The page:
How to get your tulips to bloom again

How to Get Your Tulips to Bloom Again Next Year

Tulips are the tempermental stars of the spring garden. They put on a gorgeous show but then, if you don’t treat them just right, they disappear and you’ll never see them again. Treat them right and they’ll probably, but not always, bloom again next year. And maybe for years to come.

I’ve had some tulips come back every year for more than a decade. Most of the ones I plant come back for at least a few years, although sometimes they have smaller blooms than the first year.

These Princess Irene tulips have been coming back for years. I think there were probably 5 in the grouping originally. The one that disappeared either didn’t come back or was likely relocated (or eaten!) by squirrels.

 

This reduced vigor, and the way they look while you’re getting them ready to rebloom, is why a lot of municipalities and public gardens rip their tulips out right after they bloom and plant all new bulbs in the fall. I can understand this in a public show garden where the expectation is that there are entire beds that are bright and colourful and perfect all the time, but in a home garden I think it’s just a waste to not perpetuate your tulips.

It’s very easy to get your tulips to bloom again. In fact, I’m going to show you the most important and biggest task involved right off the bat. Are you ready? This is what you have to do as soon as the petals start to fall off your tulips:

 

 

Yes, you need to go to every expired bloom and snap off or cut off the tip.

 

Then leave the plant alone.

 

The science behind the practice:

What you’ve just done is stop the tulip from trying to make seeds (i.e. if you don’t snap off the tip the plant will use up energy to make seeds. You don’t want seeds as it would take years for a tulip seed to grow into a plant that produces flowers.) Instead, it’s going to now put all of its efforts into storing energy in its bulb. This stored energy is what will be used to make the tulip flower again next spring.

The tulip uses its leaves to make energy (remember photosynthesis from science class?), so the best thing you can do for your tulips now is to let them continue to grow. You can fertilize them the same way you do the rest of your plants, and keep them watered the same way. Do not remove the leaves while they are green. Also, do not try to “tidy them up” by braiding them or doing anything else that damages them or restricts their normal functioning.

How to get your tulips and daffodils to bloom again

The tulips will tell you when they’re finished

Eventually, they will complete their life cycle (i.e. sufficient energy created and stored in the bulb) and the leaves will die down. When they’re brown and wilted it means they’re no longer performing photosynthesis—they’re done—and you can remove them.

How to get your tulips to bloom again

At this point the leaves usually come off with just a slight tug. If you pull them and they don’t come off easily, you could leave them until they do come off, or, if the look of the dead leaves is bothering you, you could just snip them off with your secateurs.

 

Planning Ahead

A common way to camouflage tulip leaves while they complete their life cycle is by planting them near other plants, like hostas, that will leaf out after they’ve bloomed, and eventually cover over the foliage. This requires planning ahead when you first plant your tulip bulbs. If you didn’t do that in year one, and now wish you had, once the tulip leaves fall off you can dig down, remove the bulbs, and plant them elsewhere.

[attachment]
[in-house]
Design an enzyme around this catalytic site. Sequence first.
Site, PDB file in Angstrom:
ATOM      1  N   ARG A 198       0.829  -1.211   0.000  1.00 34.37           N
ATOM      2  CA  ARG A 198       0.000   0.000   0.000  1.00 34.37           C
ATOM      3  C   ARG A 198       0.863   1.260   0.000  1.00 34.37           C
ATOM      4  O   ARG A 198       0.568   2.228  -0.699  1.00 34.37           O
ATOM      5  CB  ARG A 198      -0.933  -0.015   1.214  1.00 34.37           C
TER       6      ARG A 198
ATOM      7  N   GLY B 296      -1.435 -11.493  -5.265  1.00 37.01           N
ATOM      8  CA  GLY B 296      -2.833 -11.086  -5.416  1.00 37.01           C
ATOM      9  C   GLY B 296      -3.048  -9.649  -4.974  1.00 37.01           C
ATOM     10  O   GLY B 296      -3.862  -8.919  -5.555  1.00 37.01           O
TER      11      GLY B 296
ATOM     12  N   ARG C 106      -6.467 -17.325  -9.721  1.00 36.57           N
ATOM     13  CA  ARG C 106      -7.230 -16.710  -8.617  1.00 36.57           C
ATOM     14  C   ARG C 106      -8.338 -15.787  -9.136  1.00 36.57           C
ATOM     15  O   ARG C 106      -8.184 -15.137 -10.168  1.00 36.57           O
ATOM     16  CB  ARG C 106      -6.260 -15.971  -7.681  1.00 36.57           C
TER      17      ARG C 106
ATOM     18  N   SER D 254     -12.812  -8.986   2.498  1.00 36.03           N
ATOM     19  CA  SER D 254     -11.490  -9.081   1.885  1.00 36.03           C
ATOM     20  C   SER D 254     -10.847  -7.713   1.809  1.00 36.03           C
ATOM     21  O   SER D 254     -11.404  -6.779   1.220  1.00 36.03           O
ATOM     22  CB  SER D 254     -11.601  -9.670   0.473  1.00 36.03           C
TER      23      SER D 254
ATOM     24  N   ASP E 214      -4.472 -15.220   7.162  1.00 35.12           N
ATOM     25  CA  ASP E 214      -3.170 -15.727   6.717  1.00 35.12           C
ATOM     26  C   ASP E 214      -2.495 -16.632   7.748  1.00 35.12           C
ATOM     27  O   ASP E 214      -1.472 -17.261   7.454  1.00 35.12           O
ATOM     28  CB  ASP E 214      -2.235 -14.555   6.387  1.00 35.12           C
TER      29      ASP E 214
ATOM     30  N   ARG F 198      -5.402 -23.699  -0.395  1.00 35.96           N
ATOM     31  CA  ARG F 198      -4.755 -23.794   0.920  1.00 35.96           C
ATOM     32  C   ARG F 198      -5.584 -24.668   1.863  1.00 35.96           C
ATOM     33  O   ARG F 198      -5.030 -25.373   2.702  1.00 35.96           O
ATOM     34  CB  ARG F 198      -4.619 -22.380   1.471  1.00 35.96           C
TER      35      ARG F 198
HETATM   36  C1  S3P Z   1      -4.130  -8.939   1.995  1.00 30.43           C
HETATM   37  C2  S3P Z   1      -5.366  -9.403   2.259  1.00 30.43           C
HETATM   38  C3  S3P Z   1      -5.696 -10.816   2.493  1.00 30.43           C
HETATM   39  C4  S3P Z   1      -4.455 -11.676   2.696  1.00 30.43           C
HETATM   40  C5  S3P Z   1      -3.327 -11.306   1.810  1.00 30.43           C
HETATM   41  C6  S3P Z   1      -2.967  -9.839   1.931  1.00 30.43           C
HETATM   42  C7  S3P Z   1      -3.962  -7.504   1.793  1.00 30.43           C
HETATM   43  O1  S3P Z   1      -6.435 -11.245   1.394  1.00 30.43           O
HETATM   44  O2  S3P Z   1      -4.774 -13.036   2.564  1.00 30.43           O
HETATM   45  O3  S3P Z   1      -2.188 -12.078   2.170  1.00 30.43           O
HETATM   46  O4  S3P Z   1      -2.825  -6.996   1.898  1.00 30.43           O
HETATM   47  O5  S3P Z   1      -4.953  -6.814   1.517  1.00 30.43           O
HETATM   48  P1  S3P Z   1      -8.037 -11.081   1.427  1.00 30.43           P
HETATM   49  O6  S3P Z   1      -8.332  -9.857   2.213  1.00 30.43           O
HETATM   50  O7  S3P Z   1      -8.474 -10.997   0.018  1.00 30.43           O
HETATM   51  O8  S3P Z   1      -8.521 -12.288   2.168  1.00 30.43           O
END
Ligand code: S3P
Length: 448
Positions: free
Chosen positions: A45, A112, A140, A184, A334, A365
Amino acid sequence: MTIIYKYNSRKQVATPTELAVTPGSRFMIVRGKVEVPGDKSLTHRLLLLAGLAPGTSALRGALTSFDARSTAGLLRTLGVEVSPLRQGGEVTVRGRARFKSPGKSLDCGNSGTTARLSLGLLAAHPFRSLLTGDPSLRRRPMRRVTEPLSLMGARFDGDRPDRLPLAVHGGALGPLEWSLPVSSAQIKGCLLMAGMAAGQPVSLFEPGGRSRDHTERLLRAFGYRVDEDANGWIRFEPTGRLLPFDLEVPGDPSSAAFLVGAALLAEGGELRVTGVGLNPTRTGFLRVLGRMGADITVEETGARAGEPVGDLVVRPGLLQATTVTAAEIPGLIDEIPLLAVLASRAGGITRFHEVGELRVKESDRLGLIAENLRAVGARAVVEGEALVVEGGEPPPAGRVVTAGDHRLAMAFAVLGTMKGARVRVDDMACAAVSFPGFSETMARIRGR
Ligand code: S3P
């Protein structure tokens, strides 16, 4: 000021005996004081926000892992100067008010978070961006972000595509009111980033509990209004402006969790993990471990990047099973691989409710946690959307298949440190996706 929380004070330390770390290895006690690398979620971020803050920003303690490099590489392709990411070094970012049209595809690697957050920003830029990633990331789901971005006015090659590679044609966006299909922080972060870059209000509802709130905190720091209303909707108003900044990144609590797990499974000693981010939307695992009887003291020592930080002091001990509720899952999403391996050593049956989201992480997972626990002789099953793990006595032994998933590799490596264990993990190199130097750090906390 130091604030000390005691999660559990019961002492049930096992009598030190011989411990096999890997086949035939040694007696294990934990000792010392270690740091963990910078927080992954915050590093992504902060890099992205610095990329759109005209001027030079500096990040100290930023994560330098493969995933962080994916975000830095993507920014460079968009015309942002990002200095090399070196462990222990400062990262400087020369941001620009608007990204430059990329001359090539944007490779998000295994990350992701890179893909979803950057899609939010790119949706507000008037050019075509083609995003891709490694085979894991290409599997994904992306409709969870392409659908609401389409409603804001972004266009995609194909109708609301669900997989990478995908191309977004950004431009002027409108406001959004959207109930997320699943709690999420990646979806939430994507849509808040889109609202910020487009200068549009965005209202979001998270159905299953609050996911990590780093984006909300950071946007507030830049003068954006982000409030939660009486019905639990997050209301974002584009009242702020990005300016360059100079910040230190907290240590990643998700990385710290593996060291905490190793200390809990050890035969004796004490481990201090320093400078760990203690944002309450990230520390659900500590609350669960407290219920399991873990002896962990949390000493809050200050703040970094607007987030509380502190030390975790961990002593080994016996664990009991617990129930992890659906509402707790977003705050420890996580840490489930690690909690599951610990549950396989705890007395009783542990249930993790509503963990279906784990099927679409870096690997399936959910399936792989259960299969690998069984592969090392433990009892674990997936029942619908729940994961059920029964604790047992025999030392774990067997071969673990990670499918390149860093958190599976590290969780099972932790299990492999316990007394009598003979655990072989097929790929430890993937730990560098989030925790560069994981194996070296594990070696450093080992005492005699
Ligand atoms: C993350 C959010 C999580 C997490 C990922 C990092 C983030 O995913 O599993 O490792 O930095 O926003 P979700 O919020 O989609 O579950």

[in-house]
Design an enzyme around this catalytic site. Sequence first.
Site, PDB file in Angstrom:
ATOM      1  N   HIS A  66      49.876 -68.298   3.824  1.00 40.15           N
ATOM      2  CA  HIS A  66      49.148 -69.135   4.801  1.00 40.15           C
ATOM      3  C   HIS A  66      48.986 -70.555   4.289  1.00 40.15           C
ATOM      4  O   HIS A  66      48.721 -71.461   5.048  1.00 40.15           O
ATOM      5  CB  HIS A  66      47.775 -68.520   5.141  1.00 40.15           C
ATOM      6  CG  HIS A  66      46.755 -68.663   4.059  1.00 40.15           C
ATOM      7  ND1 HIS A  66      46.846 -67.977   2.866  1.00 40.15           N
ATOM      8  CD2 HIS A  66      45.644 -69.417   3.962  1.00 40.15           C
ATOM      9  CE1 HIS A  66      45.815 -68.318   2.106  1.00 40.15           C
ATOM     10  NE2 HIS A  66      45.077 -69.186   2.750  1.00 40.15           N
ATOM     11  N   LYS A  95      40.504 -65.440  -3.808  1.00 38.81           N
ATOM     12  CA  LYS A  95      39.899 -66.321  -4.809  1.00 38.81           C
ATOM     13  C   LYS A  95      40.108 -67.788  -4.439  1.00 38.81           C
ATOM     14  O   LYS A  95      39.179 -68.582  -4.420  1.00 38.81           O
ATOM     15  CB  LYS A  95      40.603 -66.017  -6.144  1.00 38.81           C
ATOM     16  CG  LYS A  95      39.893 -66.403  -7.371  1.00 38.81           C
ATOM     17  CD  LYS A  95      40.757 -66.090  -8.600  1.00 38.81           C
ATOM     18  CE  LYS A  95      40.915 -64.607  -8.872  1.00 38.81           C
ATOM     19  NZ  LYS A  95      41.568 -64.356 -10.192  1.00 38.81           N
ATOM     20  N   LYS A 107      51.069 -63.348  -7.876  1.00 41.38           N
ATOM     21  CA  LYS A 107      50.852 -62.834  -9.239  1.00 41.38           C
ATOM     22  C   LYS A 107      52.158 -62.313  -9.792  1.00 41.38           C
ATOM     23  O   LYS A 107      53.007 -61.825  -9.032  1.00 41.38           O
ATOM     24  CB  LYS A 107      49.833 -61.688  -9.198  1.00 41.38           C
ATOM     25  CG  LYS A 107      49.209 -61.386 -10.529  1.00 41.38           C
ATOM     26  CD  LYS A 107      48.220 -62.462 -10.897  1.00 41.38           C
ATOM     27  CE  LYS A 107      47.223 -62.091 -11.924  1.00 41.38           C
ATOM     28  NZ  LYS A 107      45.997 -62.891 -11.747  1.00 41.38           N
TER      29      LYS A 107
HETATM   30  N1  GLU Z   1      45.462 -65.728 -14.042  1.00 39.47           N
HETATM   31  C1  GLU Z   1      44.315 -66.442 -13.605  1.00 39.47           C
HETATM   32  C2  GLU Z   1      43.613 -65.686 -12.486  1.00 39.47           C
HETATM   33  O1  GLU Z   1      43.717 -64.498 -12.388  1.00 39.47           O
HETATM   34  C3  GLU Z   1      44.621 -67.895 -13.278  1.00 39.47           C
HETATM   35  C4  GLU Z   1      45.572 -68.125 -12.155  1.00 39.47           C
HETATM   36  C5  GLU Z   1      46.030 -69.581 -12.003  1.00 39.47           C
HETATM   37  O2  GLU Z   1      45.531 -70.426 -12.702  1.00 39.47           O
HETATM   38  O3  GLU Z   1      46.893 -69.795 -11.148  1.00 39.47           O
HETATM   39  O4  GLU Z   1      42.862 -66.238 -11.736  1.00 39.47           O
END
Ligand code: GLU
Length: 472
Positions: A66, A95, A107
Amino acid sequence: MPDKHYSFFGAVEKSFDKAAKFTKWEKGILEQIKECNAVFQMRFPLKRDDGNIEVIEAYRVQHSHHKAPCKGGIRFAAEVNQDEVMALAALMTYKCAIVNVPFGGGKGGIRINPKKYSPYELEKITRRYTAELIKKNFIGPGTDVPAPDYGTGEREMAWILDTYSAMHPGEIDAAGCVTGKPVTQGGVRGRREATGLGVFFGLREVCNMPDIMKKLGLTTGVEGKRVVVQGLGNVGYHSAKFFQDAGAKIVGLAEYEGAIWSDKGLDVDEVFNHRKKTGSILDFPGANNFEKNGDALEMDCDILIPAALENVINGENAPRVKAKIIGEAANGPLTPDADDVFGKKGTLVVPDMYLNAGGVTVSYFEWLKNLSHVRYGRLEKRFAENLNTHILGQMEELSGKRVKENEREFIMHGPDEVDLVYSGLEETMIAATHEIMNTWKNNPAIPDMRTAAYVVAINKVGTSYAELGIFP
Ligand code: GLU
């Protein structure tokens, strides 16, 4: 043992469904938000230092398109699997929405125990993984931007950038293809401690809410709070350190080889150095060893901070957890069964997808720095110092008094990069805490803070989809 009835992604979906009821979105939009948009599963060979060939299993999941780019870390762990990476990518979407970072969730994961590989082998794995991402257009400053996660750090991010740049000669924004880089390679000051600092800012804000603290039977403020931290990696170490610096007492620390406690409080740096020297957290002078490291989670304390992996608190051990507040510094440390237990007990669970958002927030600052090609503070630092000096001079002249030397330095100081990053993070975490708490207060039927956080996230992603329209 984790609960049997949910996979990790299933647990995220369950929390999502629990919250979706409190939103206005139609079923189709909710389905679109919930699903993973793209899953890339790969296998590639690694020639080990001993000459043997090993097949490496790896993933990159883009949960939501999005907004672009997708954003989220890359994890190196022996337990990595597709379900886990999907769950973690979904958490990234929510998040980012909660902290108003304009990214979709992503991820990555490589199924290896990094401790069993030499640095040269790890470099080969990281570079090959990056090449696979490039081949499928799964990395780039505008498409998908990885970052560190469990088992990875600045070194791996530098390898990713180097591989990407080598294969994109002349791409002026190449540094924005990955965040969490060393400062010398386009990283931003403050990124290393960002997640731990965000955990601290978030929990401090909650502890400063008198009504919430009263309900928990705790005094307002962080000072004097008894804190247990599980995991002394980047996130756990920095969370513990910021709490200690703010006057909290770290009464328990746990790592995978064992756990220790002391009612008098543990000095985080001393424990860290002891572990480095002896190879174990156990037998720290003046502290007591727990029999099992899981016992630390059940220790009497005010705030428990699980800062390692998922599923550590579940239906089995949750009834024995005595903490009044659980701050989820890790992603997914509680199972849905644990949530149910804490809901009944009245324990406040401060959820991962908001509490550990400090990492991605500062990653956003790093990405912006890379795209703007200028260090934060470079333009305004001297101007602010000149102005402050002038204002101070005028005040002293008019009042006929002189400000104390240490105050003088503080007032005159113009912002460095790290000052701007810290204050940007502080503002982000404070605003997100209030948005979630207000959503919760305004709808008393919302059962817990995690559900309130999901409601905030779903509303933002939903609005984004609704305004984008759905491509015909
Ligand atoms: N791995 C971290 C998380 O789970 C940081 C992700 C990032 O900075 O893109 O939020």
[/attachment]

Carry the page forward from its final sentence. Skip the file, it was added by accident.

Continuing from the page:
The process, once more:

 

And that’s all there is to it. By snipping off the flower heads after the blooms are done, and then letting the leaves live out their days, you’ve set your tulips up to bloom again next year!

 

Caveat

Now, there are some varieties of tulips that won’t come back, or will come back with just leaves and no flowers. As I wrote at the beginning of the post, tulips are a bit temperamental when it comes to blooming for a second year. Most will, but for those that won’t..well you tried. And isn’t it worth the small effort for good odds on having them return and bloom again next year?

There are no guarantees in gardening, but the gardener’s role is to do everything within his or her power to set their plants up for success. The rest is up to the plants and the weather (and squirrels…)

Daffodils and other spring blooming bulbs

The process for tulips is the same for daffodils/narcissus. Snip off the tips and let them be.

You don’t need to snip off the tips of scilla or crocus, but you do need to leave the leaves alone until they die off.

If you have a big patch of scilla in the front yard like I do, this can look pretty messy for a week or two, but I think it’s a worthwhile price to pay for the sea of blue blooms that precedes the mess.

 

 

5 Comments

  1. Nathalie on May 26, 2018 at 8:45 am

    Thanks Jennifer! I had no idea. Will snip off the flower head this weekend!

    • Jennifer on June 8, 2018 at 6:56 pm

      Great–glad to share something that’s new to you!

  2. James Rodriguez on June 5, 2018 at 8:01 pm

    I DO THIS ALSO I HAVE STARTED USING SMALLER VARIETIES
    THE WILD. VARIETIES. LIKE YOU SAY ITS ALL PART OF GARDENING.

    • Jennifer on June 8, 2018 at 6:55 pm

      Yes, smaller varieties add a lot of interest, James. They do also seem to be more reliable at reblooming. Happy gardening!

  3. Bren gilstorf on June 13, 2018 at 10:52 pm

    I do this but I also fertilize just before they open with ultra bloom. I was told the roots suck up the nutrients and enrich the bulb for the next year.

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